However, Dr Davis was primarily interested in appetite and diet (what they ate) rather than feeding (how they ate). The food was “finely cut, mashed and ground” to make it suitable for spoonfeeding (although it seems some babies just used their hands anyway). This meant that the babies weren’t limited by their ability to pick up or chew the food they chose. In the end this might not have made much difference, as these babies were weaned at an older age than modern babies and had (as far as we know) normal development, so it’s likely that they would have coped just as well if presented with lumpy food.

12 Responses to “A modern take on the Clara M. Davis paper”

  1. Andrea says:

    Hi there,

    this is actually quite interesting.
    If you don’t mind I would translate it for my blog (with a link to yours, although I doubt it will attract very many new customers:).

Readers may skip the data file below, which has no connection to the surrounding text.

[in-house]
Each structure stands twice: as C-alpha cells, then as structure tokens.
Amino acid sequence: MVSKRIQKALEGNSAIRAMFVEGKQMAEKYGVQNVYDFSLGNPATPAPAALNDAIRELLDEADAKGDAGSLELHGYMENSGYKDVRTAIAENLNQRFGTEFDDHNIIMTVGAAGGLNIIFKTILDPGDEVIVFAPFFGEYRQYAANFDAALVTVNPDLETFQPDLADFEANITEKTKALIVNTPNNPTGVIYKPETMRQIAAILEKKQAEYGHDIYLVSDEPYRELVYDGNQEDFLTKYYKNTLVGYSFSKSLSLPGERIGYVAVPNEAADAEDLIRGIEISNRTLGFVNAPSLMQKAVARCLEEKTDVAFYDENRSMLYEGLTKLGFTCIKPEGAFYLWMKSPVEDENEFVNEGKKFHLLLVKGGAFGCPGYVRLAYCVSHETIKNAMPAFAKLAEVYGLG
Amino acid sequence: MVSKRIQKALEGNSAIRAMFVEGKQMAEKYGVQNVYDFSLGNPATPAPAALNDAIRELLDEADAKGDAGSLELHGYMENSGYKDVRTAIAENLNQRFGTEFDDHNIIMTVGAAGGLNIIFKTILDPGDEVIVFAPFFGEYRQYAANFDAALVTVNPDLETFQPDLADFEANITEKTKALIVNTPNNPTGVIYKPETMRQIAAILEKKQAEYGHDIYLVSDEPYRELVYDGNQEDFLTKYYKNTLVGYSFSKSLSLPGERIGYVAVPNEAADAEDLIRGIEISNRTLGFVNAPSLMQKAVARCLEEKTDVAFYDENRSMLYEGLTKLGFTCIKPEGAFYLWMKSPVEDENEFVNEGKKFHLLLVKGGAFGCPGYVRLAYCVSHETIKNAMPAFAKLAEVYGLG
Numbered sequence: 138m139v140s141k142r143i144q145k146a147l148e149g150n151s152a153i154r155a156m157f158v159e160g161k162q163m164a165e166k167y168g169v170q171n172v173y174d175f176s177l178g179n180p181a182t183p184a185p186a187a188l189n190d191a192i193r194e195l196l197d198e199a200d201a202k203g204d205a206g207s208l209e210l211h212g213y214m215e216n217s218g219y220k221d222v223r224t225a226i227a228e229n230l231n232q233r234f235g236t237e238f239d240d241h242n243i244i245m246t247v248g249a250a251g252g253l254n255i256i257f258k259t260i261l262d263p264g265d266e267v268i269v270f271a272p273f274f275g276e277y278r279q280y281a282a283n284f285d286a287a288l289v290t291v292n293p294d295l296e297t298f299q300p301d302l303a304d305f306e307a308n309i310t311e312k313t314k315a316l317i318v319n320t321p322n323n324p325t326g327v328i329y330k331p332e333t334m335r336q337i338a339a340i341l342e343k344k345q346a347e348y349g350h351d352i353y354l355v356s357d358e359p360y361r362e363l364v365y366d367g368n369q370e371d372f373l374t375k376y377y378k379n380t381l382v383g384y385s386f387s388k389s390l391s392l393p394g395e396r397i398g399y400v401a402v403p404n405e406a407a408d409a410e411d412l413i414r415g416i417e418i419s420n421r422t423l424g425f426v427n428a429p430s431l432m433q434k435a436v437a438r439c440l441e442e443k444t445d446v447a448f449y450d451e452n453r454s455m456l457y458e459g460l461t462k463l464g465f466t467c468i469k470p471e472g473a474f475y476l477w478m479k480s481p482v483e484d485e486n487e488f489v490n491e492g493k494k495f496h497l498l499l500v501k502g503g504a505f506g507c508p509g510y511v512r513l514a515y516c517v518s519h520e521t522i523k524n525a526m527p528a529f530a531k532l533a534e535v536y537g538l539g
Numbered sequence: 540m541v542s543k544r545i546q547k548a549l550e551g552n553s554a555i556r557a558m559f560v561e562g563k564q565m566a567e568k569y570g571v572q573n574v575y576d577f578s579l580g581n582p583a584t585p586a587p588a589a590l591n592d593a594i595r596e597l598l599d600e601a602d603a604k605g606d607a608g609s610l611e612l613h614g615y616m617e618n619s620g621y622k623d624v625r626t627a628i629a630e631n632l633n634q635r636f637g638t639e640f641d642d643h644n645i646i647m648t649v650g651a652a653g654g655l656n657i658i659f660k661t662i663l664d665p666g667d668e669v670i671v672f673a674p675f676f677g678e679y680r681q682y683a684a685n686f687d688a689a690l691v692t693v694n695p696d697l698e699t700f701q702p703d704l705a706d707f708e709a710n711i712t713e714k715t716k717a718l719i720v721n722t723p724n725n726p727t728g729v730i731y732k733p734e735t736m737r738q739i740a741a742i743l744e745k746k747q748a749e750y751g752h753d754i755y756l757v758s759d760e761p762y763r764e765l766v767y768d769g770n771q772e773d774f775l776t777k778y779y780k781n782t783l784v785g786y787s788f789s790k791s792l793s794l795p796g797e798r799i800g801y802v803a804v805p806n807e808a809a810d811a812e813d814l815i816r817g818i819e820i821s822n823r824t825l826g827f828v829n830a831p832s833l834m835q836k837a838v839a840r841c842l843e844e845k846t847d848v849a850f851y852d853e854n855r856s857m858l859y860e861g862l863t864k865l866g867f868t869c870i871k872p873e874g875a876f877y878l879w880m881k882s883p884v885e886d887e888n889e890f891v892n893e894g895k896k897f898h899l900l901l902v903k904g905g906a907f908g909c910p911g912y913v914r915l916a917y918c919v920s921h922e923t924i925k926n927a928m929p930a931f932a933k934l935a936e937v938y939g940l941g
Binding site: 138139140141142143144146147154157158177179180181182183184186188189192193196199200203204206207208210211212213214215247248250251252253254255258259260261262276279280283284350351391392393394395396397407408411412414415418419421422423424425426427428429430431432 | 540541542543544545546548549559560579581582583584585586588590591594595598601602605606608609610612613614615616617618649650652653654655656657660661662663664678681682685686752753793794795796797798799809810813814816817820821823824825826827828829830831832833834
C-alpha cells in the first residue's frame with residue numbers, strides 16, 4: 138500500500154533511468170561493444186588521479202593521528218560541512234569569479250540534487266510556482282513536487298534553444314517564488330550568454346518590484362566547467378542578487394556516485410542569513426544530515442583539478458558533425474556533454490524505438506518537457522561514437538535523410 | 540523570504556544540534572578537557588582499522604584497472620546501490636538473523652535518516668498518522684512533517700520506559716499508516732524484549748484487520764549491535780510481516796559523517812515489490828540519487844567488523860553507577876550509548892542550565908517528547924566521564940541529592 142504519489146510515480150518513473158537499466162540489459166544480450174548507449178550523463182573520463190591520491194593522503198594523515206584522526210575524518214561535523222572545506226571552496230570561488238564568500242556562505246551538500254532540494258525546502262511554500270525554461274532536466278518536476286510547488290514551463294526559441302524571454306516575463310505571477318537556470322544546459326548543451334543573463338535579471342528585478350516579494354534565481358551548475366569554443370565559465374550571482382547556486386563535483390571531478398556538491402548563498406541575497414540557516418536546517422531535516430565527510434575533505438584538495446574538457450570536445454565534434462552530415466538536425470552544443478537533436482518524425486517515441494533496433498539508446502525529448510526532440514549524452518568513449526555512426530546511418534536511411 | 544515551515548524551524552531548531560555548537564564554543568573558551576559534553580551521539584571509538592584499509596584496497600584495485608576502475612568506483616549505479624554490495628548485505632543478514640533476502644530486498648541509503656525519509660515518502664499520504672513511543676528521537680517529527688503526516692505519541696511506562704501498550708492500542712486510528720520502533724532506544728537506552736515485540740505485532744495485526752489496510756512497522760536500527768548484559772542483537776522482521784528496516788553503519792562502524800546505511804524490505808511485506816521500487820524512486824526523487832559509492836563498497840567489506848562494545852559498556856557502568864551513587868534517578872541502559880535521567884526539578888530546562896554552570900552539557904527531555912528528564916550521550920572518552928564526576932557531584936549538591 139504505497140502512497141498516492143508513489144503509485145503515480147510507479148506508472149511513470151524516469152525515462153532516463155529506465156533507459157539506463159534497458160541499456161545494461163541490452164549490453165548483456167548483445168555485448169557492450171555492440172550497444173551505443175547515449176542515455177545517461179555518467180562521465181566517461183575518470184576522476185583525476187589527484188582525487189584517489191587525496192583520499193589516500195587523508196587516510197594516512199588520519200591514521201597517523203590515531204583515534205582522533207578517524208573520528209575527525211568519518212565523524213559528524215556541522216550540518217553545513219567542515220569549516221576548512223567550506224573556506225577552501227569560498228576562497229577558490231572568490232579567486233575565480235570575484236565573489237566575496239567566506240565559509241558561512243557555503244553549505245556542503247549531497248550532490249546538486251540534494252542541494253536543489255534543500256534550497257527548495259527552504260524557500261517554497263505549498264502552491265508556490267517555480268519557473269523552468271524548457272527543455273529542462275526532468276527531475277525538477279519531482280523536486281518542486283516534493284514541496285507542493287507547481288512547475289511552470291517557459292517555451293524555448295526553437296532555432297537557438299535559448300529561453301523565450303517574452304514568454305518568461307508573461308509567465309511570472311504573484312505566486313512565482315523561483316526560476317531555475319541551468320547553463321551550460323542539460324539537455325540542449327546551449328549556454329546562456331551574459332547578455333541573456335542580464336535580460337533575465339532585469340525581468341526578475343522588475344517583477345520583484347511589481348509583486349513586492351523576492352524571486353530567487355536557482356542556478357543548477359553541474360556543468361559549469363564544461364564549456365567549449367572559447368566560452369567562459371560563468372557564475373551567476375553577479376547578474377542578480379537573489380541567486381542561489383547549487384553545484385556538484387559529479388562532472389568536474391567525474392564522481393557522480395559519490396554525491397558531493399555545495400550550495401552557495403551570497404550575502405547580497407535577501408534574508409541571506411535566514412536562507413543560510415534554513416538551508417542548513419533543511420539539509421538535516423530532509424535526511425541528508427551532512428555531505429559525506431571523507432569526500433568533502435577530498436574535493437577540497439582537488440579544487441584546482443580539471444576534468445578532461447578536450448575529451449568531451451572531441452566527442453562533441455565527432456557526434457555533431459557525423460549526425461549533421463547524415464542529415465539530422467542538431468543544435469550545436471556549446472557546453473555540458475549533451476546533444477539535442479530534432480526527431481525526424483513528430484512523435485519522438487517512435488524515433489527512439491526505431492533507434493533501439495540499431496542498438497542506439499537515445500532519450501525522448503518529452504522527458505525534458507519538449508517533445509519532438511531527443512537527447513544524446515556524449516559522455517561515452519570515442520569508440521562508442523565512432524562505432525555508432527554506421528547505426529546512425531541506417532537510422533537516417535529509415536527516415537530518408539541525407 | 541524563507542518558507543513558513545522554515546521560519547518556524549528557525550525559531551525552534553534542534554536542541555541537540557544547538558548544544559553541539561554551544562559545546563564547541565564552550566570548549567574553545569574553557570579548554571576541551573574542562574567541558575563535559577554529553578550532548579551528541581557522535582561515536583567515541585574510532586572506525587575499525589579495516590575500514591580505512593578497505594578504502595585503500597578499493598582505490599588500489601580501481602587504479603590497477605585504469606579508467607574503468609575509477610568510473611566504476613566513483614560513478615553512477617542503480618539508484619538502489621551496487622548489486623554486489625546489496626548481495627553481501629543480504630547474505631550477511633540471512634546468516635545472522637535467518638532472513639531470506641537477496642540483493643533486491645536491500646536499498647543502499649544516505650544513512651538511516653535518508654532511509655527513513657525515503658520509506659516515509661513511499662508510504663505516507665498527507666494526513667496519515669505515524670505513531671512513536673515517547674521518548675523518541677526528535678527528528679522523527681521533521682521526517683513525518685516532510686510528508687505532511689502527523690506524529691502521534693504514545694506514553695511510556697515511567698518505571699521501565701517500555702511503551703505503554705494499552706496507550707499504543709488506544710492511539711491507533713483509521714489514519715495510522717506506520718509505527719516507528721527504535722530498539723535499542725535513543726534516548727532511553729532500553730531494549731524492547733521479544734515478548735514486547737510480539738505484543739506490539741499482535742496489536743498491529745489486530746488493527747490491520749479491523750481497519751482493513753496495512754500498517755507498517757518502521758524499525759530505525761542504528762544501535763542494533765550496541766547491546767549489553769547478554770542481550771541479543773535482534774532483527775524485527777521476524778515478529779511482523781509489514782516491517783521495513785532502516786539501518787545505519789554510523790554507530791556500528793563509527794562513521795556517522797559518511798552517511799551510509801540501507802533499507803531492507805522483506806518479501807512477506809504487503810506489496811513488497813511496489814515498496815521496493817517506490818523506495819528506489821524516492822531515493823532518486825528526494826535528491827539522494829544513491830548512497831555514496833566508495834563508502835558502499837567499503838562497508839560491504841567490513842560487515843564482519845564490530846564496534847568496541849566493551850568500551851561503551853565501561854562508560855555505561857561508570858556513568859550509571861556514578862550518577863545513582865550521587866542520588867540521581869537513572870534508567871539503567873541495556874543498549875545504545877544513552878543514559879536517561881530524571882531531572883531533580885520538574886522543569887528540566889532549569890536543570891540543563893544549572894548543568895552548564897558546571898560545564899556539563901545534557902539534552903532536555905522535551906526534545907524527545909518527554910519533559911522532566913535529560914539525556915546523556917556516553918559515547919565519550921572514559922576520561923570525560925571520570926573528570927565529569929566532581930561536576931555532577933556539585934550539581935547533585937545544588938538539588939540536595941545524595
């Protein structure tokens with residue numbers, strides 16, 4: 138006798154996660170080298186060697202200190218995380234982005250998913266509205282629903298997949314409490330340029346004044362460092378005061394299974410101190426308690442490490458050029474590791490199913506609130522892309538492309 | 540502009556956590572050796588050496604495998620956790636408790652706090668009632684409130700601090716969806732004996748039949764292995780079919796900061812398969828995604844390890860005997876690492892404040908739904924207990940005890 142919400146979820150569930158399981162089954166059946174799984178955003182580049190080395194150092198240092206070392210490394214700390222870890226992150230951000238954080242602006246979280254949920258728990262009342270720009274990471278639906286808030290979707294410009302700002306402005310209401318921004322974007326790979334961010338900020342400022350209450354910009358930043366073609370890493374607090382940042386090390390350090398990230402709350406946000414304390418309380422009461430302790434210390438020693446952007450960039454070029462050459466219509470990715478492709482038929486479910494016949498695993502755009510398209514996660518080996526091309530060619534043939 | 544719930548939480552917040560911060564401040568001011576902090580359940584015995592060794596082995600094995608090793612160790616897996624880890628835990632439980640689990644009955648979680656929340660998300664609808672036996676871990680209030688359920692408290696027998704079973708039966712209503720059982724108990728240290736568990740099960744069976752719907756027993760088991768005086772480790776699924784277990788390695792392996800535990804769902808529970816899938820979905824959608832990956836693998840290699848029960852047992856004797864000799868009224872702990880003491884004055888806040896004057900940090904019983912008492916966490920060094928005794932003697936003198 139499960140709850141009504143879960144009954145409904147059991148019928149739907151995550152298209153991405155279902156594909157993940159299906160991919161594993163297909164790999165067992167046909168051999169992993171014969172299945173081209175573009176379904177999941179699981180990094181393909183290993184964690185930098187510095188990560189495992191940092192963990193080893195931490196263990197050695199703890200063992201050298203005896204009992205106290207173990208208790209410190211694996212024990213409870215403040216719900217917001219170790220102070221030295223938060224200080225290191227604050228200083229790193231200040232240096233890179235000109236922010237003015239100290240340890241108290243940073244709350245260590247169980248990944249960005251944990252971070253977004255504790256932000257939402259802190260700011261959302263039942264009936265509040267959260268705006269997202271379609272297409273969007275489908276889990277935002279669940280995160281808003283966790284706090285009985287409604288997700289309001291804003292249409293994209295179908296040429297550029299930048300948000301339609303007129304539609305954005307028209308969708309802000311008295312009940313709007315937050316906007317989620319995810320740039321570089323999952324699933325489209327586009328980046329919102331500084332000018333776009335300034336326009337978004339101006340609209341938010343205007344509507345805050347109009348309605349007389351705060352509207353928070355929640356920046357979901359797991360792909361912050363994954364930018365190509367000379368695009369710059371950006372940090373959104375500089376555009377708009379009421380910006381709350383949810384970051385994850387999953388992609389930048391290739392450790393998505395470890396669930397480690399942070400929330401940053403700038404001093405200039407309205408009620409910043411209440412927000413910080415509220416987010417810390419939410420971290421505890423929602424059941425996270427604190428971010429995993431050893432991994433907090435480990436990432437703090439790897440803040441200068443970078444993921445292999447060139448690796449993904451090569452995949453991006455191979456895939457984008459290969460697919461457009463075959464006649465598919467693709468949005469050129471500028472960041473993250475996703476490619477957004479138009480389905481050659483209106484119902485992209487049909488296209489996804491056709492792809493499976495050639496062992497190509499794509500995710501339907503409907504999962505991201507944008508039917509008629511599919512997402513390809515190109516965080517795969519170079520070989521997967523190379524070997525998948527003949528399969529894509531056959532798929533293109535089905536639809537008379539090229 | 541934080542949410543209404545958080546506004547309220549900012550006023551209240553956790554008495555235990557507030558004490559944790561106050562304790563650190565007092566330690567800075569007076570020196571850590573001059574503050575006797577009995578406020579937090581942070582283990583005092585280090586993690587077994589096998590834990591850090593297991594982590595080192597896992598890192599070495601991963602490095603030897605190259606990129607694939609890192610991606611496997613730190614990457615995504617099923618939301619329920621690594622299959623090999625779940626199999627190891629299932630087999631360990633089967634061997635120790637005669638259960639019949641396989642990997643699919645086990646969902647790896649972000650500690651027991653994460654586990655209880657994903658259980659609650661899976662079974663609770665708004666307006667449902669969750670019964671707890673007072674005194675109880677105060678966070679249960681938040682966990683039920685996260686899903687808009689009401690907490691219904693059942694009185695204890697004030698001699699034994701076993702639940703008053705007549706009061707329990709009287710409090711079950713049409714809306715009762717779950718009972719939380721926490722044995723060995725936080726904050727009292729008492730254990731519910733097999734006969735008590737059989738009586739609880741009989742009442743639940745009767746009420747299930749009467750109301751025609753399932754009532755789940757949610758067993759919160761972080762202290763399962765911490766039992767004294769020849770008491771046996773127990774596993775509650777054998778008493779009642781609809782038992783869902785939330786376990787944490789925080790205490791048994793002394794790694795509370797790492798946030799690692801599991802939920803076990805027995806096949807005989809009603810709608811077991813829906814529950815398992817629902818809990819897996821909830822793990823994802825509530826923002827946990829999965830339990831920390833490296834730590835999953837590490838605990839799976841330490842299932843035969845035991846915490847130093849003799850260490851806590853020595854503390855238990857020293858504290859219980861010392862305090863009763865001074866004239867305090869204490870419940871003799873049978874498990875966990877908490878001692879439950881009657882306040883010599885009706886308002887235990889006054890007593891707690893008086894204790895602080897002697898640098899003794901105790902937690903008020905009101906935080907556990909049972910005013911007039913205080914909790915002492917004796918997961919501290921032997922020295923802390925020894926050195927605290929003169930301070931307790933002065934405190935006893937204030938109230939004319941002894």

It should make interesting reading

  2. Shannon says:

    Clara Davis was my great-grandmother and it’s amazing to me to see her work analyzed in a modern setting like this. I think the points you’ve made about the flaws in her experiment are very insightful however your comment about these babies being weaned at an older age are not 100% true. Several of the babies were very young when they came to her study. My grandfather, for instance, was barely 6 months old when he and his older brother were turned over to my great-grandmother for her experiment.

    • Aitch says: